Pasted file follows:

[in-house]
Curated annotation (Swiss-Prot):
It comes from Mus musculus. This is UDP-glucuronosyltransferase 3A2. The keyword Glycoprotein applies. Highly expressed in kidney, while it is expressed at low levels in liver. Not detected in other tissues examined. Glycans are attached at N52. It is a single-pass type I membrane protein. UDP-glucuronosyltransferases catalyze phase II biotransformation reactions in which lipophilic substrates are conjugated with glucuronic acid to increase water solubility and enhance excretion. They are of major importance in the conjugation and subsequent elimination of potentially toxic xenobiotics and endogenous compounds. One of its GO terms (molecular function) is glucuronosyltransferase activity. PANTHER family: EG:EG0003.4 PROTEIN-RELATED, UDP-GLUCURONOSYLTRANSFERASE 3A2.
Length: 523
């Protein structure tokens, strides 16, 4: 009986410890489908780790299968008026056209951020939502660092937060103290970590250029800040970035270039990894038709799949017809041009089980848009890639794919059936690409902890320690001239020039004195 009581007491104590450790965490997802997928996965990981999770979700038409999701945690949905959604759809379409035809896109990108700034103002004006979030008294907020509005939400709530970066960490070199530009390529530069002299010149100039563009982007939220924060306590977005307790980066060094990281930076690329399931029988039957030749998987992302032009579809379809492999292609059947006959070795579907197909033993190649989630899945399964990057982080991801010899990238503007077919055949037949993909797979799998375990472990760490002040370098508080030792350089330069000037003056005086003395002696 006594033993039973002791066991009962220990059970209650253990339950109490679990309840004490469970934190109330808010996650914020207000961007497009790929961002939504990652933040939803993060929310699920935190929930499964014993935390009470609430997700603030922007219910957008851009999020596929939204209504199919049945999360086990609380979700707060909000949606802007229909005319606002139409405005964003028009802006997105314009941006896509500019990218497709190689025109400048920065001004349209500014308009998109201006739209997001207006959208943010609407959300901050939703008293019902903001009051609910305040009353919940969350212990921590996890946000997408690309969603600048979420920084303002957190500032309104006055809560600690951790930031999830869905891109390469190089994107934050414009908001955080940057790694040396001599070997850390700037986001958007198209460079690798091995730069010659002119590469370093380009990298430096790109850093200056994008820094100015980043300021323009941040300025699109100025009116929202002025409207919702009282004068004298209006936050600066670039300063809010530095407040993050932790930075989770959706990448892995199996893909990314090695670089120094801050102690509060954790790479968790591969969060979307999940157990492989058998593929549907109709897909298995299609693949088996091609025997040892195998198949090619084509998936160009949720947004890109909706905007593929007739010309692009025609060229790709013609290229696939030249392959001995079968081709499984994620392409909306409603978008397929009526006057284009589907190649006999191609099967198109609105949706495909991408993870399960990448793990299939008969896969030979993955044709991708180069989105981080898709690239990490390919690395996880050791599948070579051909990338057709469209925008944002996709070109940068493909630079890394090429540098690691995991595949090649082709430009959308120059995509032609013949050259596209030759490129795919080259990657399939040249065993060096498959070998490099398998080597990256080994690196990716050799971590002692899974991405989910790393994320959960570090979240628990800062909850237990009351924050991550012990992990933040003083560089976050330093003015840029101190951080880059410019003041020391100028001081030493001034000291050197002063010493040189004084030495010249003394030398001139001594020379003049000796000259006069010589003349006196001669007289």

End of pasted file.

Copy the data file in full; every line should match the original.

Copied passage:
[in-house]
Curated annotation (Swiss-Prot):
It comes from Mus musculus. This is UDP-glucuronosyltransferase 3A2. The keyword Glycoprotein applies. Highly expressed in kidney, while it is expressed at low levels in liver. Not detected in other tissues examined. Glycans are attached at N52. It is a single-pass type I membrane protein. UDP-glucuronosyltransferases catalyze phase II biotransformation reactions in which lipophilic substrates are conjugated with glucuronic acid to increase water solubility and enhance excretion. They are of major importance in the conjugation and subsequent elimination of potentially toxic xenobiotics and endogenous compounds. One of its GO terms (molecular function) is glucuronosyltransferase activity. PANTHER family: EG:EG0003.4 PROTEIN-RELATED, UDP-GLUCURONOSYLTRANSFERASE 3A2.
Length: 523
């Protein structure tokens, strides 16, 4: 009986410890489908780790299968008026056209951020939502660092937060103290970590250029800040970035270039990894038709799949017809041009089980848009890639794919059936690409902890320690001239020039004195 009581007491104590450790965490997802997928996965990981999770979700038409999701945690949905959604759809379409035809896109990108700034103002004006979030008294907020509005939400709530970066960490070199530009390529530069002299010149100039563009982007939220924060306590977005307790980066060094990281930076690329399931029988039957030749998987992302032009579809379809492999292609059947006959070795579907197909033993190649989630899945399964990057982080991801010899990238503007077919055949037949993909797979799998375990472990760490002040370098508080030792350089330069000037003056005086003395002696 006594033993039973002791066991009962220990059970209650253990339950109490679990309840004490469970934190109330808010996650914020207000961007497009790929961002939504990652933040939803993060929310699920935190929930499964014993935390009470609430997700603030922007219910957008851009999020596929939204209504199919049945999360086990609380979700707060909000949606802007229909005319606002139409405005964003028009802006997105314009941006896509500019990218497709190689025109400048920065001004349209500014308009998109201006739209997001207006959208943010609407959300901050939703008293019902903001009051609910305040009353919940969350212990921590996890946000997408690309969603600048979420920084303002957190500032309104006055809560600690951790930031999830869905891109390469190089994107934050414009908001955080940057790694040396001599070997850390700037986001958007198209460079690798091995730069010659002119590469370093380009990298430096790109850093200056994008820094100015980043300021323009941040300025699109100025009116929202002025409207919702009282004068004298209006936050600066670039300063809010530095407040993050932790930075989770959706990448892995199996893909990314090695670089120094801050102690509060954790790479968790591969969060979307999940157990492989058998593929549907109709897909298995299609693949088996091609025997040892195998198949090619084509998936160009949720947004890109909706905007593929007739010309692009025609060229790709013609290229696939030249392959001995079968081709499984994620392409909306409603978008397929009526006057284009589907190649006999191609099967198109609105949706495909991408993870399960990448793990299939008969896969030979993955044709991708180069989105981080898709690239990490390919690395996880050791599948070579051909990338057709469209925008944002996709070109940068493909630079890394090429540098690691995991595949090649082709430009959308120059995509032609013949050259596209030759490129795919080259990657399939040249065993060096498959070998490099398998080597990256080994690196990716050799971590002692899974991405989910790393994320959960570090979240628990800062909850237990009351924050991550012990992990933040003083560089976050330093003015840029101190951080880059410019003041020391100028001081030493001034000291050197002063010493040189004084030495010249003394030398001139001594020379003049000796000259006069010589003349006196001669007289």